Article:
An interview at TRAX Gallery
BY CAROLYN MILLER
In a case of perfect timing, Deborah Madison came to town at the height of berry and stone fruit season to discuss her latest cookbook, Seasonal Fruit Desserts: From Orchard, Farm, and Market (Broadway, 2010). The famed founding chef of Greens restaurant in San Francisco is the author of 11 cookbooks, beginning with The Greens Cookbook and including Vegetarian Cooking for Everyone and Local Flavors, all of which celebrate seasonal vegetarian food. The beautiful photographs in Seasonal Fruit Desserts, Deborah’s first dessert book, feature handmade ceramics, including white porcelain dishes made by Sandy Simon of TRAX ceramics gallery in Berkeley. At a book signing at TRAX, Sandy and Deborah gave the following interview.
Carolyn Miller: Deborah, why did you decide to write about fruit desserts?
Deborah Madison: Well, I like desserts! I love making desserts. I actually started out in pastry, and worked as a pastry chef several times. I always put desserts in my books, and that’s always what I want to bring to a party. But when I started out with the idea of doing a dessert book, it wasn’t originally about fruit. I wanted to call it Desserts for the Pastry Impaired, for people who are nervous about making piecrust, because I can be nervous about making piecrust. I don’t really have a pastry chef mentality; I’m more of a cook who likes to make desserts. I wanted to make desserts that were accessible and straightforward, and that naturally led to fruit.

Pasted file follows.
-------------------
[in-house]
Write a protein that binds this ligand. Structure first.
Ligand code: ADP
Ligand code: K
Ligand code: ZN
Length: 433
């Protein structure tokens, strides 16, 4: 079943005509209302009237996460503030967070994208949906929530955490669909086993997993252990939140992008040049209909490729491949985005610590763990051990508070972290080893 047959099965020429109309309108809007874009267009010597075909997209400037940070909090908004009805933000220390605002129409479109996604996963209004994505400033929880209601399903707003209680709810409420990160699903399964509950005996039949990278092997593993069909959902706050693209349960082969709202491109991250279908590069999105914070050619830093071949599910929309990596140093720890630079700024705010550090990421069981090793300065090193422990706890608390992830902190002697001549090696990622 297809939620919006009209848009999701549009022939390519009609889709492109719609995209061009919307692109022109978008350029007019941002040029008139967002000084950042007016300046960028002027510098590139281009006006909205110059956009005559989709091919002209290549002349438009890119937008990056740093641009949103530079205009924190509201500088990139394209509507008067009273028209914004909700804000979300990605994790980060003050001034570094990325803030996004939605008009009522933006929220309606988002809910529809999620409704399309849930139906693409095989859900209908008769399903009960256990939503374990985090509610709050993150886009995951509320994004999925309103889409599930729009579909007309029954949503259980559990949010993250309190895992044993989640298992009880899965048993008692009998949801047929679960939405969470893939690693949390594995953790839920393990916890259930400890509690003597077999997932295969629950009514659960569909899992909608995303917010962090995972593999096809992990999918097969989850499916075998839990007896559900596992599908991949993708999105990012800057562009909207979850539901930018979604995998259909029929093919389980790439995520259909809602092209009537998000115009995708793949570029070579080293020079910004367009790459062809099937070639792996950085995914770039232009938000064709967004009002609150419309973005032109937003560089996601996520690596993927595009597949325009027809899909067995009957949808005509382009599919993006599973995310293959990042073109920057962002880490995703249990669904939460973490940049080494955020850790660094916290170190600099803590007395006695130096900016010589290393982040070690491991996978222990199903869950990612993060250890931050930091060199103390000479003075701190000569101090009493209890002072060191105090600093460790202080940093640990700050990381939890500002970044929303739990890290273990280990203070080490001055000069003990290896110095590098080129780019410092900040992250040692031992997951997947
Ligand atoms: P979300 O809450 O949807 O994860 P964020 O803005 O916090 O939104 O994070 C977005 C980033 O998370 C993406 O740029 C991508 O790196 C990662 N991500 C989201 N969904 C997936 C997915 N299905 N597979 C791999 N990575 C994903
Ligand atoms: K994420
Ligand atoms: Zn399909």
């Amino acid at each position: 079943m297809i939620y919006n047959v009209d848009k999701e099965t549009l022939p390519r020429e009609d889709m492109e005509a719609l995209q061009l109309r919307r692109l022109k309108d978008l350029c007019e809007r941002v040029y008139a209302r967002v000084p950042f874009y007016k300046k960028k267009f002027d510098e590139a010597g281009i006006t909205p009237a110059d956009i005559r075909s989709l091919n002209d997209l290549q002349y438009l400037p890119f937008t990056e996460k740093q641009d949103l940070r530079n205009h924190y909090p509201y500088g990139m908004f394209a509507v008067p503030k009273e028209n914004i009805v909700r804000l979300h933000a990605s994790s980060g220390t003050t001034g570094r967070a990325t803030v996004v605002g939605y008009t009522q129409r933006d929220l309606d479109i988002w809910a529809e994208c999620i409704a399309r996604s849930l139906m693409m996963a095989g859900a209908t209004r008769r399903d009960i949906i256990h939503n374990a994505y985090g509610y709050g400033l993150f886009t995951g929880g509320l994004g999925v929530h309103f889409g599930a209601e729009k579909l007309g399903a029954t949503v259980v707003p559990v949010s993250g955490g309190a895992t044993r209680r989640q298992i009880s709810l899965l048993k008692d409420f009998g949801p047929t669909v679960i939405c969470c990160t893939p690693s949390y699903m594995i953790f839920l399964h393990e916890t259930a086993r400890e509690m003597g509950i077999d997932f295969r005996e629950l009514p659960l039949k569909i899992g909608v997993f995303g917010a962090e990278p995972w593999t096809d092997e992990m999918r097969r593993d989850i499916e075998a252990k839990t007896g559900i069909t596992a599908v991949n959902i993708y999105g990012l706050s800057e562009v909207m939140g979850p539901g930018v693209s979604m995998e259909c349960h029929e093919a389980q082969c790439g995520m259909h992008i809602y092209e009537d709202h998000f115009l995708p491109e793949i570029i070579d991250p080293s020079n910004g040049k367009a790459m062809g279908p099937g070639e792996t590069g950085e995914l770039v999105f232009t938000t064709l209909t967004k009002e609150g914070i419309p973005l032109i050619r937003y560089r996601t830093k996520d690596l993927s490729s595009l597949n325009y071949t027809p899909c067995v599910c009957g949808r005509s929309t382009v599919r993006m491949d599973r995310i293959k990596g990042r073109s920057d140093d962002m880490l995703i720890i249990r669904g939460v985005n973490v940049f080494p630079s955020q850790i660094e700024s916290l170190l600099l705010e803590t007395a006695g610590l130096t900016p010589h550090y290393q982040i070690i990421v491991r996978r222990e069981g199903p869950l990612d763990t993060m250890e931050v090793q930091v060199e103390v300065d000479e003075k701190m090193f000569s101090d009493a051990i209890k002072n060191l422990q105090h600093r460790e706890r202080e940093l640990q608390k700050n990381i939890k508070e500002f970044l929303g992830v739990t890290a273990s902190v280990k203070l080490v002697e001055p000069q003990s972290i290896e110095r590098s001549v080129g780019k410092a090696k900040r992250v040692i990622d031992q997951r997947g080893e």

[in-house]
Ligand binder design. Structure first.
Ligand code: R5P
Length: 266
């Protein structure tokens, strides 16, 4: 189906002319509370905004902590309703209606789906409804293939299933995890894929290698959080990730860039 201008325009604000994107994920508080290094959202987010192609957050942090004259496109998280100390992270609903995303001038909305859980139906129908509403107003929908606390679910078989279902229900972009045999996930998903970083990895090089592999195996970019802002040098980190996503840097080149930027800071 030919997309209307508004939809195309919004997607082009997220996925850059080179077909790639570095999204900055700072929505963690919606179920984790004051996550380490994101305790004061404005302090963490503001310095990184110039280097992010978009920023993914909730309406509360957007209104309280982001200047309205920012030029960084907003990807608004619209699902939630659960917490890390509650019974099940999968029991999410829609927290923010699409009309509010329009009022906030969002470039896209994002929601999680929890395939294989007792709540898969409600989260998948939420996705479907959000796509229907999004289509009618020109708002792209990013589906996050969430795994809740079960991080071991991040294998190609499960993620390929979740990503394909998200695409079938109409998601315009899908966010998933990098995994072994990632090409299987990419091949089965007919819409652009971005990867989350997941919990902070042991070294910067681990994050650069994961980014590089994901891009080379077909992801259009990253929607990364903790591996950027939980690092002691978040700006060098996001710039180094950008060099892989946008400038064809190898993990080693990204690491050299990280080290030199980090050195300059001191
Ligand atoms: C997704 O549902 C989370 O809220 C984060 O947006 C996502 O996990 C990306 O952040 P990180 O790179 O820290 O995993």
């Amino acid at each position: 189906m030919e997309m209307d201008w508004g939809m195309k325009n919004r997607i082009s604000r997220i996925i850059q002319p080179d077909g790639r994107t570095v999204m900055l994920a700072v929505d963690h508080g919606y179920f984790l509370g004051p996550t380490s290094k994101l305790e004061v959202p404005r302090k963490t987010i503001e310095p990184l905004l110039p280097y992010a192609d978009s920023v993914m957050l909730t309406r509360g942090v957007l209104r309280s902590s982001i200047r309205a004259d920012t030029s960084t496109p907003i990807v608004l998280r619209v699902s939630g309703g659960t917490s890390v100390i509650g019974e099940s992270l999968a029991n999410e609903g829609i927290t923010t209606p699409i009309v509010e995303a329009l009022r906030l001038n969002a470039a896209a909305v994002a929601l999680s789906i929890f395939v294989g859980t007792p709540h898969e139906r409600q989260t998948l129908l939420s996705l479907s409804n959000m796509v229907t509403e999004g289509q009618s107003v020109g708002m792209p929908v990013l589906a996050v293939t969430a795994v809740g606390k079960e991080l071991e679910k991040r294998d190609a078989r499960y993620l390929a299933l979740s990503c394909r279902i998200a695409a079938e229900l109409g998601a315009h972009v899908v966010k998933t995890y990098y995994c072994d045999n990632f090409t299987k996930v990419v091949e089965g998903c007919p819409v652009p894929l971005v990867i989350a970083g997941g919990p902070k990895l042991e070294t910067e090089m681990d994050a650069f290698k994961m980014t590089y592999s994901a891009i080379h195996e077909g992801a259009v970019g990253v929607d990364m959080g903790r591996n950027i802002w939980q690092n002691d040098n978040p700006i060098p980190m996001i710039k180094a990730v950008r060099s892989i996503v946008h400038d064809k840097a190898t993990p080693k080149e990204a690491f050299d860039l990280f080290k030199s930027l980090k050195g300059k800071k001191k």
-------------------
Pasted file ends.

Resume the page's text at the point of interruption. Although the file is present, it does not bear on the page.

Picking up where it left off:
CM: This book is such a nice collaboration between handmade pottery and homemade food. Sandy, the website for TRAX points out that your gallery specializes in “functional pottery.” Could you talk a bit about that?
Sandy Simon: I went to school at the University of Minnesota, where I learned to make pottery that is meant to be used, rather than ceramic sculpture. I always think about food when I’m making pots. In fact, I probably think about food way too much! I started working in porcelain when I lived in Georgia. Color shows up better on porcelain, which is why chefs love this surface for food. There is no better way of sharing community than with a meal using wonderful pots.
CM: Deborah, where can people find good fruit?
DM: You’re not going to find it in the supermarket. Fruit suffers so much in the hands of industrial agriculture, to the point that it’s now being bred to be hard, crisp, and sweet. Even at farmers markets, you have to be careful. Some farmers like to be first with their unripe plums, or this awful new fruit. The best way is to taste the fruit, smell it by all means, ask its name, where it comes from. It’s especially important to know its name, so you can ask for—or avoid—it again.
CM: As you say in the introduction to this book, real fruit is “amazing stuff, full of aroma. . . . Ripe fruit broadcasts its fragrance, announcing to a passing bird or beast that it’s ready to be eaten. . . . The lure of fruit should be equally powerful to us human animals. Anything less is like eating shadows.”
DM: And great fruit probably isn’t going to just come to us. We have to be active hunter-gatherers to find it, but the effort will always be worth it.
Carolyn Miller is a writer, book editor, and poet living in San Francisco. Her most recent book of poetry is Light, Moving, from Sixteen Rivers Press.